Jan 11, 2010

Ways to fight debt trap

We need to focus on agro-based industry to maximise the output of this sector in order to improve our economic indicators

Dr. Farid A Malik

Military power alone cannot guarantee independence of a nation if its vital economic interests have been compromised. It is the economic strangulation that has crippled our freedom as a nation. How did we get into this debt trap? Pakistan had no external borrowing till 1958. As a nation we lived within our means and corruption was contained. In the words of Wali Khan, political leadership was by and large clean. Corrupt practices were an exception, not the norm.

In the case of Pakistan, dictatorship and debt are closely linked. With the imposition of first martial law in 1958 the flood gates of economic strangulation were opened as economic management was handed over to the World Bank (WB) and International Monetary Fund (IMF). Traitors and agents were inducted into important cabinet positions. Instead of self-reliance and basic industrialisation the focus was on dependence and imports.

Finally, when Ayub Khan was driven out of power the external debt stood around US$10.0 billion. Yahya Khan's misadventure in East Pakistan caused the economic order to collapse and resulted in the disintegration of Pakistan. Zulfikar Ali Bhutto's elected government focused on basic industrialisation and self-reliance. The entire defense production establishment around Islamabad and the Steel Mills in Karachi were built in this period.

In order to strengthen people's power, the 1973 Constitution was unanimously approved and implemented. The period from 1973 to 1975 saw the rise of democracy and the strengthening of democratic institutions.

Today, the external debt of Pakistan stands close to $40.0 billion. The Afghan wars (in the 1980s and now) have been the major factor for this escalation. By conservative estimates, the total cost of these misadventures has been $50.0 billion. Even if the other factors are not considered the war is deepening the economic strangulation of the country and calls for immediate re-assessment of approach as we are losing on all fronts external, internal, financial, and strategic.

It is in the national interest to have the entire external debt written-off before firing the next bullet as we just cannot afford to continue on this path of confrontation. We must insulate from the Afghan war and consolidate internal security by deploying our armed forces for the defence of the motherland and its strategic assets. We must regain our sovereignty bartered by the successive dictators.

Economic strangulation will eventually weaken the defence forces and render them in-effective. Sovereignty has to be regained and retained at all costs for long-term national interests. We have to find a way out of this mess. As a nation, we may have to face hardships in the interim period but it will ensure long-term sustainability as an independent nation governed by constitutional rule of law.

The entire world is facing shortage of food and fuel. We have been growing food for centuries. Agriculture is the backbone of our economy and has the capacity to sustain our economy. We need to focus on agro-based industry to maximise the output of this sector. After exploiting and manipulating the world oil business the next target is food. Countries that rely on imported staples will be in a difficult situation. Multinationals are now on a land-grabbing mission in third world countries to push the world towards hunger.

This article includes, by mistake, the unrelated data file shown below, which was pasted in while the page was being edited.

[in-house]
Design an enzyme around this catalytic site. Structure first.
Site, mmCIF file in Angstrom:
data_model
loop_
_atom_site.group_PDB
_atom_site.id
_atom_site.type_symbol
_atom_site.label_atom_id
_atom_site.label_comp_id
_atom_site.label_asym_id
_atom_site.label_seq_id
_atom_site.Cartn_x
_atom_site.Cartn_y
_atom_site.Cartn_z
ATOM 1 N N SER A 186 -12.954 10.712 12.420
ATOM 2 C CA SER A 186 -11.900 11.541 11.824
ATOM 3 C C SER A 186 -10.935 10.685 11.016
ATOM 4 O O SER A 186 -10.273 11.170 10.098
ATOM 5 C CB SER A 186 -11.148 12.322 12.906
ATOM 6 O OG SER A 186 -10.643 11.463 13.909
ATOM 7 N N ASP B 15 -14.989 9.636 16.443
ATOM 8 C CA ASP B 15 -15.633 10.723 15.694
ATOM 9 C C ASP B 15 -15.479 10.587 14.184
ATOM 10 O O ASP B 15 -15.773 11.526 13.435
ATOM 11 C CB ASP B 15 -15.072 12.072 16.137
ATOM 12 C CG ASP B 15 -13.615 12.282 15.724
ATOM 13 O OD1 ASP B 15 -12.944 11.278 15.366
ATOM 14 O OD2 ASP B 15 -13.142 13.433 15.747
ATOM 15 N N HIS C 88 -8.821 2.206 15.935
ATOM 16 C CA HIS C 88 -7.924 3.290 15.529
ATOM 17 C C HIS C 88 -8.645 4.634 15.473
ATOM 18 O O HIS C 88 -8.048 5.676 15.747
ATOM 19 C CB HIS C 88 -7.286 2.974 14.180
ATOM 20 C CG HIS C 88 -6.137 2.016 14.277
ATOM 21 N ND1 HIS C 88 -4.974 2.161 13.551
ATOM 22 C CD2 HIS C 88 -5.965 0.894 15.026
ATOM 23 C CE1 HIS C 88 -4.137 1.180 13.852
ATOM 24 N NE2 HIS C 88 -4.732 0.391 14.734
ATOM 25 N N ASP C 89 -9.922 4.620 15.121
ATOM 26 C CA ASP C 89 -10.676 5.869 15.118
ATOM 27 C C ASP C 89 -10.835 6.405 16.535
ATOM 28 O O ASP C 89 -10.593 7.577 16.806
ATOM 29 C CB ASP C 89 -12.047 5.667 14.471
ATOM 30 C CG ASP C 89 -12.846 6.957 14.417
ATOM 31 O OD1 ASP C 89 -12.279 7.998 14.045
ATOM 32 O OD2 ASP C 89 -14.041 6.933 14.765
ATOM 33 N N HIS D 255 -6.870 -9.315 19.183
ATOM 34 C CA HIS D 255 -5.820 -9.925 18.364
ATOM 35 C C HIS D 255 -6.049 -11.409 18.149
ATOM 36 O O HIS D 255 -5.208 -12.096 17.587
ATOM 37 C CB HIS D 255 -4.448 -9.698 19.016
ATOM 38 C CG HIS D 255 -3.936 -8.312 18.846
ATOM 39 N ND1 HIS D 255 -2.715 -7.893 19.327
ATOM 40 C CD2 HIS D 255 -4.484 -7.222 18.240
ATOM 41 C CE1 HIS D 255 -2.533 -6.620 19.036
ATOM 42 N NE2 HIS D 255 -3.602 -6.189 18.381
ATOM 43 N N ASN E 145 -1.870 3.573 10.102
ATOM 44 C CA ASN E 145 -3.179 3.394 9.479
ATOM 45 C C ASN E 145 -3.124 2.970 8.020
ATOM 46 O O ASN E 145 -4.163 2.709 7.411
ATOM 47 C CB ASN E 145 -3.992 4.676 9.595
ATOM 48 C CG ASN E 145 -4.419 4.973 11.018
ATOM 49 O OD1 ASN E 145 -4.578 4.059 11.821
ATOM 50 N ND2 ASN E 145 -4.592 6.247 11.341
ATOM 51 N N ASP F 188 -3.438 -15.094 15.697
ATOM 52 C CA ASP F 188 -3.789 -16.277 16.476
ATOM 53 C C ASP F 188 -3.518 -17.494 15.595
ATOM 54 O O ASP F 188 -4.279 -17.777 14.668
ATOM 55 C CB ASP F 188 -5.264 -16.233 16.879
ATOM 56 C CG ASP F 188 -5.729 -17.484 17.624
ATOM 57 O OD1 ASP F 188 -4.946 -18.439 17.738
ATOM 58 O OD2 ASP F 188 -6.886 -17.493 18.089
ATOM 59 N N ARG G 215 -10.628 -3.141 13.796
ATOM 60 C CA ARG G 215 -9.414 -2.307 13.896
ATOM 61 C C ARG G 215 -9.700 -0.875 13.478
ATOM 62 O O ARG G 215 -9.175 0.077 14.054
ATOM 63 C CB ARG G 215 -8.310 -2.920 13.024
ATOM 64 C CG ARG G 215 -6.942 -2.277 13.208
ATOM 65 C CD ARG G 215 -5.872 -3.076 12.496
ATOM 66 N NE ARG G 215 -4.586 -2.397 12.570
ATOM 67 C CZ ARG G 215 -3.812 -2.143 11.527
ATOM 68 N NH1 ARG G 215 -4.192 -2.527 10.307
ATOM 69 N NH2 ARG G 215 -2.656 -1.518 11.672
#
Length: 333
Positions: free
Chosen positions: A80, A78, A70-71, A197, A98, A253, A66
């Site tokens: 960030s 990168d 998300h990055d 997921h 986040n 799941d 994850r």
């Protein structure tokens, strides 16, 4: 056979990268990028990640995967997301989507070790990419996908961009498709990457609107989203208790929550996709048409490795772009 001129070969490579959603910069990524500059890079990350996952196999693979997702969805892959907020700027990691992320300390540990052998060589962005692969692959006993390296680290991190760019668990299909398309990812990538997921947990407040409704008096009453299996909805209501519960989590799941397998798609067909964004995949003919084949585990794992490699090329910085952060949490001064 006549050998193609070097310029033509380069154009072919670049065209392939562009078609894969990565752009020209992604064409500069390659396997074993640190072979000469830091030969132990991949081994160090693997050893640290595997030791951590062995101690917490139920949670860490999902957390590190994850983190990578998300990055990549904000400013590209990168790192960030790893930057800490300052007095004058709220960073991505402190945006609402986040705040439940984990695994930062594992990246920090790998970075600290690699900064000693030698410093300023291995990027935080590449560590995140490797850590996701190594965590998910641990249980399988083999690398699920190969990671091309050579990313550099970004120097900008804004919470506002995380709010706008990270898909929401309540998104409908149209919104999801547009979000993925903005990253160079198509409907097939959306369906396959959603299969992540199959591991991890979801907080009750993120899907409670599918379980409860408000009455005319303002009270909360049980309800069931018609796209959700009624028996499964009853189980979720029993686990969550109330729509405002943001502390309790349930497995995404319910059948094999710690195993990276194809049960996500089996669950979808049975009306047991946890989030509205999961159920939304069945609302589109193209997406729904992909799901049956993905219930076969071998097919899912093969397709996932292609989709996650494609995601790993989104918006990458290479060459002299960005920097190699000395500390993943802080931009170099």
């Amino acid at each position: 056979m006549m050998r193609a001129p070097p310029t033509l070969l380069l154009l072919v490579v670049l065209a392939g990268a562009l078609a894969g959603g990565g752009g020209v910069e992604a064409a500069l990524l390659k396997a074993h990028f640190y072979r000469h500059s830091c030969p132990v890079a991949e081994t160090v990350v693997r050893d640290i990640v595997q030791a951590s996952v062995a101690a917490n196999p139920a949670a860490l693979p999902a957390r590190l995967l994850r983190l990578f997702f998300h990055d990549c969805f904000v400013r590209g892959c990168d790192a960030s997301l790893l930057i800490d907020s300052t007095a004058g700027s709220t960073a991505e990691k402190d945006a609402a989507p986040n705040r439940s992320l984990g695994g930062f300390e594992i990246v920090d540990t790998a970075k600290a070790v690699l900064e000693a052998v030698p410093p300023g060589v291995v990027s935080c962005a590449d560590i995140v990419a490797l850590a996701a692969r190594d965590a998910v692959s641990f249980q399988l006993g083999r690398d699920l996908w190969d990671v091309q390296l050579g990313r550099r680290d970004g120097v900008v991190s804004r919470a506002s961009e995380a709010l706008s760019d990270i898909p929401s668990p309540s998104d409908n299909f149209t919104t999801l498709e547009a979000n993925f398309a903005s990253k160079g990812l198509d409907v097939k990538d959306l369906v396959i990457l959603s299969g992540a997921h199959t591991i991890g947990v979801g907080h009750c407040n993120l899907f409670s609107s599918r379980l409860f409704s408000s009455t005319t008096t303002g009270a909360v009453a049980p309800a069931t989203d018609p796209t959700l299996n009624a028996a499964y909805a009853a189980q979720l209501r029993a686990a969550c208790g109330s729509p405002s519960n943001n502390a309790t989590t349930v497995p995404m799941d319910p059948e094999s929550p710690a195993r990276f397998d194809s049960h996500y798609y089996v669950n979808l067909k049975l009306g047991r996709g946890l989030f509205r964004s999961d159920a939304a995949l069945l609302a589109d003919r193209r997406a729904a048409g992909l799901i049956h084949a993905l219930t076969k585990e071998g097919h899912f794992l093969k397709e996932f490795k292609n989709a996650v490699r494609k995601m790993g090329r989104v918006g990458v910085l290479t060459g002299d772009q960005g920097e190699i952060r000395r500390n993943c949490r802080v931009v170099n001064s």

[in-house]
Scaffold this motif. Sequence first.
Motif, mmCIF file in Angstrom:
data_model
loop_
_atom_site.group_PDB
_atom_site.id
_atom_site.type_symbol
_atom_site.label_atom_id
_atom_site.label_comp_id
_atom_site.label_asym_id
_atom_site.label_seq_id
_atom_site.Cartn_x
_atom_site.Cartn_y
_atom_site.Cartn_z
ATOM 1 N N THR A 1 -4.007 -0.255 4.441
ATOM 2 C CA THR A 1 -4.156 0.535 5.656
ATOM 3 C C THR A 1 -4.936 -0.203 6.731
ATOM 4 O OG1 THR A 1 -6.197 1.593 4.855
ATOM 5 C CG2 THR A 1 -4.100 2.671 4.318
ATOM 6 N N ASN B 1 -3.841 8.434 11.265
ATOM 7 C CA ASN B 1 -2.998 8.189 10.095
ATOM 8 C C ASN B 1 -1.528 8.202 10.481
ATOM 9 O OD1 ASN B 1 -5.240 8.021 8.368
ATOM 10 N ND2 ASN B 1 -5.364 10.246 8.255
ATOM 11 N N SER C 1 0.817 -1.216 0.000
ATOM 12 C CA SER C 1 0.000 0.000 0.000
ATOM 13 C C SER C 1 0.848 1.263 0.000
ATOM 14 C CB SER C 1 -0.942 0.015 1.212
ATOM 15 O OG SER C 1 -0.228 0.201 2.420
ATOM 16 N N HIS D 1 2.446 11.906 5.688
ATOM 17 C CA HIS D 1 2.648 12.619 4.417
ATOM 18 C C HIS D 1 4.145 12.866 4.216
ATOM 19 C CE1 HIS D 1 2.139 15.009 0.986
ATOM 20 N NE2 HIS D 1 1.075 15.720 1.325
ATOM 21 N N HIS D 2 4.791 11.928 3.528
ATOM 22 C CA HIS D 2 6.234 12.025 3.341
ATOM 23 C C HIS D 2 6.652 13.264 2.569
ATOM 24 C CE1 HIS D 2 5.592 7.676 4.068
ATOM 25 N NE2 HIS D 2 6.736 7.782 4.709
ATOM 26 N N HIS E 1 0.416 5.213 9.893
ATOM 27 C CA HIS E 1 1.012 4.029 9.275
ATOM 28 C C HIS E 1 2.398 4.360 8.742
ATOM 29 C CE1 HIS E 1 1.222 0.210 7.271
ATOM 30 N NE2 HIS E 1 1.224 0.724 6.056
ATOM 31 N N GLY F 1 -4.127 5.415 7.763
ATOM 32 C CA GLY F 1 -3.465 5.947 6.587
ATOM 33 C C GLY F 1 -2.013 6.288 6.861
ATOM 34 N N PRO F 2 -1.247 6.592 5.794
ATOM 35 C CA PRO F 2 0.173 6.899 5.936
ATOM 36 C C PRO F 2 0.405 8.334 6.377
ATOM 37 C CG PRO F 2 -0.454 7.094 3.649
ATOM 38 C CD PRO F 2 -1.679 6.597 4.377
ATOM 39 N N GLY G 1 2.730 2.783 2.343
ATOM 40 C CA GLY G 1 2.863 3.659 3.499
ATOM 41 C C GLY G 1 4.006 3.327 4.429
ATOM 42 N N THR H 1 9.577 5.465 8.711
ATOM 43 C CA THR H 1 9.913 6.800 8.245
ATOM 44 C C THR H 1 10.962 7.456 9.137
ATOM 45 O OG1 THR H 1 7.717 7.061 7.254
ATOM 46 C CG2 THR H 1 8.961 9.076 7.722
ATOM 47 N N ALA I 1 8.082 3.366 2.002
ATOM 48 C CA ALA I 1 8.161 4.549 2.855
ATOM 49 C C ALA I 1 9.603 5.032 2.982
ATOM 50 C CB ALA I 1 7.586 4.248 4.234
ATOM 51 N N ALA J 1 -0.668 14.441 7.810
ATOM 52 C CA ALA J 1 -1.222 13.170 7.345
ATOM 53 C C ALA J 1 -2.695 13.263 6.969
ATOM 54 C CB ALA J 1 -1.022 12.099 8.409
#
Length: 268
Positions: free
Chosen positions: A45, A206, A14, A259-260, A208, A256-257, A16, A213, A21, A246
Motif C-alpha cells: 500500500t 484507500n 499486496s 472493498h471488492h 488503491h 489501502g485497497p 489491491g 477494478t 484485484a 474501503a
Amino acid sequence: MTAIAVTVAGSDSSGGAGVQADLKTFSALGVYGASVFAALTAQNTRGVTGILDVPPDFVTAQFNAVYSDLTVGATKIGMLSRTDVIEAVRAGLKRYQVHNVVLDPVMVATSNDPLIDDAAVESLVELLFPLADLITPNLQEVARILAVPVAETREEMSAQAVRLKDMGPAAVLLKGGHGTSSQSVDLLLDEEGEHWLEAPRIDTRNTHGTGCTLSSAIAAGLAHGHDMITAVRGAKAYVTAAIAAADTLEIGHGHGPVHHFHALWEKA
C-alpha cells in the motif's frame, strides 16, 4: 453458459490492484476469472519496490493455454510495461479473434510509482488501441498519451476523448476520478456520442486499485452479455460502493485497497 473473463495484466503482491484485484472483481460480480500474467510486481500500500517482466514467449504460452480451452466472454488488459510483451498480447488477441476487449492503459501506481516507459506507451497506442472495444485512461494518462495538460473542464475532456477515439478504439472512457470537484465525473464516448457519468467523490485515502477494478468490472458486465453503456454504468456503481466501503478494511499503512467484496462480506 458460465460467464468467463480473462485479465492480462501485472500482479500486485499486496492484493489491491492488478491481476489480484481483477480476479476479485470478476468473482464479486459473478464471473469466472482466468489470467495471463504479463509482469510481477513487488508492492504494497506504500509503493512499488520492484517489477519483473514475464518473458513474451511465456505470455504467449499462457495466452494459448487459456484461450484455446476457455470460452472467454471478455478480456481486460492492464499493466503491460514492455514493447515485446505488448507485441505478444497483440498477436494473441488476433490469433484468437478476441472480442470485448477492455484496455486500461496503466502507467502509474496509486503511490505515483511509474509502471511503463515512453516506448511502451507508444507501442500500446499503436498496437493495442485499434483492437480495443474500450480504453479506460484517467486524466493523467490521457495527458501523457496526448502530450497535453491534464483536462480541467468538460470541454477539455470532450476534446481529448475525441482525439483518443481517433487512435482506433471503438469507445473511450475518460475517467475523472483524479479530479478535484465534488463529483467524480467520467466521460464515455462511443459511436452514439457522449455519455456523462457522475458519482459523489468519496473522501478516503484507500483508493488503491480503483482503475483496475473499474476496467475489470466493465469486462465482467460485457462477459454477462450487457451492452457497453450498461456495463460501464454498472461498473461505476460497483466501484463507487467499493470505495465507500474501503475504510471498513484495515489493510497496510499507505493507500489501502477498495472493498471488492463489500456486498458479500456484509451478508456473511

Pakistan is blessed with fuel. The Thar Coal deposit in Sindh is the single largest field in the world with estimated reserves of 180 billion tons. If properly exploited, the country can very well become self-sufficient in fuel. The coal can be converted into gas and diesel through established technologies. The challenge is in using these huge natural resources.

In the past, the unnecessary interference of the army in civilian matters has derailed democracy and damaged institutions. Pakistan needs a well-trained military outfit but it must be contained and subservient to the constitution and rule of law. No one will be allowed to derail the democratic process. The civil society and the media will not allow any khaki adventurism as was done in 1958, 1969, 1977 and 1999, which eventually caused economic strangulation.

Democratic leadership is the missing link in our fight for gaining sovereignty. Nations have to sacrifice for their freedom. The founding fathers till 1958 defended the sovereignty and integrity with their blood. Liaquat Ali Khan lost his life. Hussain Shaheed Suharwardy was found dead in his hotel room in Beirut. Zulfikar Ali Bhutto was sent to the gallows and in the first decade of the 21st century his daughter was eliminated at the same spot where the first Prime Minister of Pakistan was assassinated.

The stakes are high and the future of the country is at stake. Afghanistan is the graveyard of once established empires. The third world countries seem to have no chance to survive in this battleground. Let the bigger players grapple for supremacy while we watch and consolidates out interests. Our borders with Afghanistan should be fenced and mines laid, making it difficult for intruders of various nationalities to enter our homeland.

The short-term economic difficulties can be overcome but firing our bullets for the so-called friend will only take us deeper and deeper into the problems. The interests of Pakistan must come first and should be fully protected by our armed forces. Let us put an end to this economic strangulation and regain our freedom and status as Pakistan.

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